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To Boldly Go, Pt. 1: The Basics of Kerbal Space Program for Active Learning

Written by Jacob Moffitt | Find me on: LinkedIn


Space is big. Really big. You just won't believe how vastly, hugely, mind-bogglingly big it is. I mean, you may think it's a long way down the road to the chemist, but that's just peanuts to space. -Douglas Adams, The Hitchhiker's Guide to the Galaxy

Space is still big news, that much hasn't changed. SpaceX recently experienced a string of high-publicity successes with their Falcon reuseable booster, and NASA has recently begun testing Bigelow Aerospace's BEAM inflatable habitats on the International Space Station. Commander Scott Kelly, along with his identical twin brother, Commander Mark Kelly, have both participated in the first experiment to test the effects of long-term space travel on humans, with Scott staying on board the ISS for a year to discover what kinds of hurdles that humanity must jump over to live among the stars.

What has changed, though, is that Kerbal Space Program, the planet's favorite space program simulator, has experienced several updates since its release in 2015. Just recently, version 1.1 of KSP was released, featuring various bug fixes and additional improvements to the KSP we know and love.  More importantly, the KSP engine was completely overhauled and upgraded to Unity 5, allowing users to run the game on a 64-bit binary. Simply put, this means better performance, an improved ability to mod the game (and run more mods at once), and improved stability. As a side effect, many of the mods described in our previous KSP guide were out of date, so we've not only updated the links, but expanded the content here to better show KSP in action on the wePresent.

In this first entry of To Boldly Go, we'll go over the basics of KSP, installing Telemachus, and displaying KSP on your wePresent wireless presentation system, as well as some additional mods you might want to consider playing with. If you've already given yourself the crash course before, or you're a KSP pro, our next blog in this series will give you ideas on how to create KSP missions your class can use.

Now, there’s a lot meat to this subject. Rocket science isn’t something that can be taught in a day. Luckily, spaceflight in Kerbal Space Program isn’t incredibly difficult. There’s a lot of room for error, so when mistakes are made, the worst case scenario is a spectacular crash.

Things You'll Need:

  • A wePresent wireless presentation gateway. (We recommend the WiPG-2000, or the WiPG-1600)
  • One copy of Kerbal Space Program*, as well as one Wi-Fi-enabled computer capable of playing it. (Available on the KSP website, Steam, and GOG.com)
    • In the absence of a Wi-Fi-enabled computer, consider the SharePod as a way of mirroring the display from your Pilot machine.
  • A copy of the free Telemachus mod for KSP, by nebakenezer*.
  • Enough tablets, laptops, phones, and other Wi-Fi devices capable of navigating a simple web browser for your different stations of mission control.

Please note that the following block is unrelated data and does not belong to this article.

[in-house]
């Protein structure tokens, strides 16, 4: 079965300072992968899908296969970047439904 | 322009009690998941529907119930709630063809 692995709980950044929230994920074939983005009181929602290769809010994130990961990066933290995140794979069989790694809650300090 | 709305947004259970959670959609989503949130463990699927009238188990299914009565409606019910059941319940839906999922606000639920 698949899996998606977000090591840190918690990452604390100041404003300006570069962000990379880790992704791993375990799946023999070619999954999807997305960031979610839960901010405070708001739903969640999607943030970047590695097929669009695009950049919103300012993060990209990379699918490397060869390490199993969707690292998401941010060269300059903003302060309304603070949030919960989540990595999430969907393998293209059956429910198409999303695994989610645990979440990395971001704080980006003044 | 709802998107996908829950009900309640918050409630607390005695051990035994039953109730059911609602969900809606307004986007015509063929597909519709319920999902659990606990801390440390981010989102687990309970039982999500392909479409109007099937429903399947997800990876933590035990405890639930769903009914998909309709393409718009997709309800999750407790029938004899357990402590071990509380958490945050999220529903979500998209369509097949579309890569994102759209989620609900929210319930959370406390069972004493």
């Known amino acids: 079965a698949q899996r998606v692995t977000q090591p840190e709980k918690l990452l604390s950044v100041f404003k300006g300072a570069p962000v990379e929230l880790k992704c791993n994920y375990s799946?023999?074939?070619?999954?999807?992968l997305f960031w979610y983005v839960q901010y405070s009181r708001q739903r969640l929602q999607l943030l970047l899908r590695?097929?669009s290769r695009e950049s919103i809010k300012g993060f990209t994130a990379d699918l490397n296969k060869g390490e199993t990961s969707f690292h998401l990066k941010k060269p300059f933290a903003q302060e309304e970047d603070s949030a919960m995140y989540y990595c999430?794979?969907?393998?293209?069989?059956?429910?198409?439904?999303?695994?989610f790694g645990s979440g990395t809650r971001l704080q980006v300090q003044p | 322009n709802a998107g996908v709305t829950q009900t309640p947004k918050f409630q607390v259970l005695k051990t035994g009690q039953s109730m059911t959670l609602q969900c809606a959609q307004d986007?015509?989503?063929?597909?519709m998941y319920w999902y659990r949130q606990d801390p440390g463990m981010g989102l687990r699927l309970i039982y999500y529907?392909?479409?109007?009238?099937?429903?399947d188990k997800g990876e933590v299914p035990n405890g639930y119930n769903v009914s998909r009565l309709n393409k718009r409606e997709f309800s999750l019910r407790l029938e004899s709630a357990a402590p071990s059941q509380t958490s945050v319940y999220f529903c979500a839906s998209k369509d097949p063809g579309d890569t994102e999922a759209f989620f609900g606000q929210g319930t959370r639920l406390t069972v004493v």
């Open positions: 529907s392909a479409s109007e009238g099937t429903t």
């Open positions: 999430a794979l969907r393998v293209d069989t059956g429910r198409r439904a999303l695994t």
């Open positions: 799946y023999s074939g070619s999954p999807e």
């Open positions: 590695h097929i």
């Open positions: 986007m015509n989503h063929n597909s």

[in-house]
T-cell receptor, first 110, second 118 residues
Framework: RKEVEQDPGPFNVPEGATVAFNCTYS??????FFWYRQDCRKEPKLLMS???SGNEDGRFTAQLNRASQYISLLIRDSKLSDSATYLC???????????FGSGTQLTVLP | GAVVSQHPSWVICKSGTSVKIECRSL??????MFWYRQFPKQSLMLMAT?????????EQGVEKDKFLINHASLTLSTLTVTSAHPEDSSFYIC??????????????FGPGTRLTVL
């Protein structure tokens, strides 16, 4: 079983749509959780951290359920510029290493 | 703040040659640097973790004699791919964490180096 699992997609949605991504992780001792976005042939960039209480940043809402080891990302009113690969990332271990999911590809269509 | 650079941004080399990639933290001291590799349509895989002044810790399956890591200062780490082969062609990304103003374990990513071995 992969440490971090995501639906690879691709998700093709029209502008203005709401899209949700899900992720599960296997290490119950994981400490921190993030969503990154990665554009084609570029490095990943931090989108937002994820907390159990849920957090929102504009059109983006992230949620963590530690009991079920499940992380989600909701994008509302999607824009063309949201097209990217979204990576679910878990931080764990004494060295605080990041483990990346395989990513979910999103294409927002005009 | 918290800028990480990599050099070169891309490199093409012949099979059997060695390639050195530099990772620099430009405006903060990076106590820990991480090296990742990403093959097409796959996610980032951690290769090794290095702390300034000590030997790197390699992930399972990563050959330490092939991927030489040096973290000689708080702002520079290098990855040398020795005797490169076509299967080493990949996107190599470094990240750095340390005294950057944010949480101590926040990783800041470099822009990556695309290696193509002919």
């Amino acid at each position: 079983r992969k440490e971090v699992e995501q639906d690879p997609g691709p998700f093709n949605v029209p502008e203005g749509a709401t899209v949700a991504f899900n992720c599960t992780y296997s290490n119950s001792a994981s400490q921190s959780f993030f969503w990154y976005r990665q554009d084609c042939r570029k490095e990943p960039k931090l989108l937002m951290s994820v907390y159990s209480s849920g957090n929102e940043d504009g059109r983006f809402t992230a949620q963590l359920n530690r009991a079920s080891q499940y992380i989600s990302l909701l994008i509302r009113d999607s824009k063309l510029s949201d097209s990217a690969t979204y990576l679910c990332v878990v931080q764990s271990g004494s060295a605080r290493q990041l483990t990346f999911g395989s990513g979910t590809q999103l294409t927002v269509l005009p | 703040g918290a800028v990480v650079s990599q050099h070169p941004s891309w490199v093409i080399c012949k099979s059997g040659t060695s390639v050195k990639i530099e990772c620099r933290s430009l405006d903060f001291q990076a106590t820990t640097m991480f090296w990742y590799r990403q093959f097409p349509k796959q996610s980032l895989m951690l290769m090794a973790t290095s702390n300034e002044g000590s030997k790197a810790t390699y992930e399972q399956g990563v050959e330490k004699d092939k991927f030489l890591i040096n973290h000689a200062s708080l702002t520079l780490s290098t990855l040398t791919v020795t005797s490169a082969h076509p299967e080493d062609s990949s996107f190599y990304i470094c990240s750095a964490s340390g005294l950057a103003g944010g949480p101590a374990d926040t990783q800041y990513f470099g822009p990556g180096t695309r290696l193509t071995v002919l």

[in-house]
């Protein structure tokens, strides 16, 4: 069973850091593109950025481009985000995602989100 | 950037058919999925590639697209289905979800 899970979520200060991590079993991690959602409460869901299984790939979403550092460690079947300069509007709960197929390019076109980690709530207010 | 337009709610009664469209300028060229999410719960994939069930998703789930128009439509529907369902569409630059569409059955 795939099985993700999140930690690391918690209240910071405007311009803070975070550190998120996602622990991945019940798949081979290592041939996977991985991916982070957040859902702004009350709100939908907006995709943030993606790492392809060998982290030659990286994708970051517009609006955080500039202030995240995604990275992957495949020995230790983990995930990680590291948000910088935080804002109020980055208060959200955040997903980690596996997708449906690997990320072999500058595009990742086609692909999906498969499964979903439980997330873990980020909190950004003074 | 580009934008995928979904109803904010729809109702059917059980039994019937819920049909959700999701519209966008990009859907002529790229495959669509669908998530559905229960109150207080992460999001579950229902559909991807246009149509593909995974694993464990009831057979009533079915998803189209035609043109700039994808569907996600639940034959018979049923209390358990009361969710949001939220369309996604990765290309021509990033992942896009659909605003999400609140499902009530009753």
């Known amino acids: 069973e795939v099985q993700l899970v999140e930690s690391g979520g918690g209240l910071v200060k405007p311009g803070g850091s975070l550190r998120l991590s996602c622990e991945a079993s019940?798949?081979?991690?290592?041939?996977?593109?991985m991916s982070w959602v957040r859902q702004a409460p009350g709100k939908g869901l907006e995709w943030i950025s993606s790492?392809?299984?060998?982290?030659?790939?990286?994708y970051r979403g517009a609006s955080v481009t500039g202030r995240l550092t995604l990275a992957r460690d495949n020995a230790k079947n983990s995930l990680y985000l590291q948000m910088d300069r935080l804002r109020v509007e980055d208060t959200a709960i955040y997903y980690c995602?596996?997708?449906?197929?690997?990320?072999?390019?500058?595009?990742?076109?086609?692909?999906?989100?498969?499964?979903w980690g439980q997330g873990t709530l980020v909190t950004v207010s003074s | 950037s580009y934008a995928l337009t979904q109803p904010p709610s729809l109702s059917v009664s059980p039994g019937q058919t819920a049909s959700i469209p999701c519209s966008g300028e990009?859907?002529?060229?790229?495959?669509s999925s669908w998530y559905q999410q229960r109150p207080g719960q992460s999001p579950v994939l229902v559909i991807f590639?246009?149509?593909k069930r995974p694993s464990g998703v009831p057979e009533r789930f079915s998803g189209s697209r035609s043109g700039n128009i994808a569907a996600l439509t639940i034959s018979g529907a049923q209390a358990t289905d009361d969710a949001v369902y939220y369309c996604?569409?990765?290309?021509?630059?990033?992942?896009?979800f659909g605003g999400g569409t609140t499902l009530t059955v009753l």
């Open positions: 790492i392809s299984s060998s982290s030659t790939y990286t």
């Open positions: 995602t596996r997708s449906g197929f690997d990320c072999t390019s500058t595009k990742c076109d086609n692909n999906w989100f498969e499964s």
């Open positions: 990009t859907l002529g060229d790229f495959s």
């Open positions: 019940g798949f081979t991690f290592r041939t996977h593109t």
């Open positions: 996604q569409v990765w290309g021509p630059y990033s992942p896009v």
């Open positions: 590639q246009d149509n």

Everything always looks calm from the inside.

The Nuts and Bolts

First of all, let's get some common terminology going for the devices we'll be using.

  • Pilot - This will be the computer that runs Kerbal Space Program and Telemachus. Below, we'll make sure that all the other devices are capable of connecting to it. If you choose to display the Pilot machine on your wePresent, it will either need to be Wi-Fi-enabled, or use a SharePod.
  • Command Stations - Each of the various command stations will fulfill a different function, according to what the mission requires. These stations are configurable through the web client for Telemachus, and able to be named for easy reference. We recommend using shortened, NASA-style names (CAPCOM, FIDO, BOOSTER, RETRO, FLIGHTCOM), since longer names can often make clicking certain options impossible in Telemachus.
  • Mission Control - This will be the display your devices will all be mirrored to, but we'll also use it to refer to the computer running the Conference Control panel.

Now it's time to open up the hood of our virtual rocket ship and start tinkering with the things we find underneath. We'll need to install the Telemachus mod, then make sure our network is capable. Let's get started...

Install the Telemachus Mod

Once you've downloaded the Telemachus mod, installation is pretty easy. What you'll need to do is navigate to your Kerbal Space Program folder where your game is installed. You'll find these locations below, so either copy/paste the location into your file browser, or navigate through the necessary folders to get there.

  • Windows 32-bit: C:\Program Files\Steam\SteamApps\common\Kerbal Space Program
  • Windows 64-bit: C:\Program Files (x86)\Steam\SteamApps\common\Kerbal Space Program
  • Mac: ~/Library/Application Support/Steam/SteamApps/common/Kerbal Space Program
  • Linux**: ~/Steam/ or ~/.local/share/Steam/SteamApps/common/Kerbal Space Program

If you installed Kerbal Space Program via Steam, you can also follow the below directions to find your installation folder. The following instructions will work on either the PC or Mac Steam Clients.

  1. Go to your Steam Library.
  2. Scroll down until you see the entry for Kerbal Space Program. Right-click the title of the game.
  3. On the pop-up menu, select "Properties".
  4. Select the tab named "Local Files".
  5. Click the button marked "Browse Local Files".

Once you've navigated to the folder, simply extract the .ZIP file you downloaded into the main directory. This should copy Telemachus directly to your Game Data directory. To confirm the mod is installed, navigate to the Game Data directory and verify you have a folder named "Telemachus". It may be necessary to move the Telemachus folder into the Game Data folder after you unzip it, but you shouldn't have to do anything more difficult than that.

Making it to the Mun is the first step toward conquering the rest of the Kerbin system.

Let Telemachus Talk to the Outside World

This part of using the Telemachus mod can get a little tricky for enterprise networks, or those with many security protocols. If you're an educator, we recommend talking to your campus IT office if you have any problems opening the Telemachus interface from other machines. While using KSP with the wePresent is as easy as mirroring your screen, setting up Telemachus can be a little tricker. Basically, Telemachus is going to set up a small server that runs the webpage where the telemetry data is set. You may need to forward port 8085 at the router, in order to route any requests to the machine, or you may see about setting up a small internal redirect page.

A station in orbit is truly an achievment in KSP...docking a Single-Stage-To-Orbit craft is doubly so...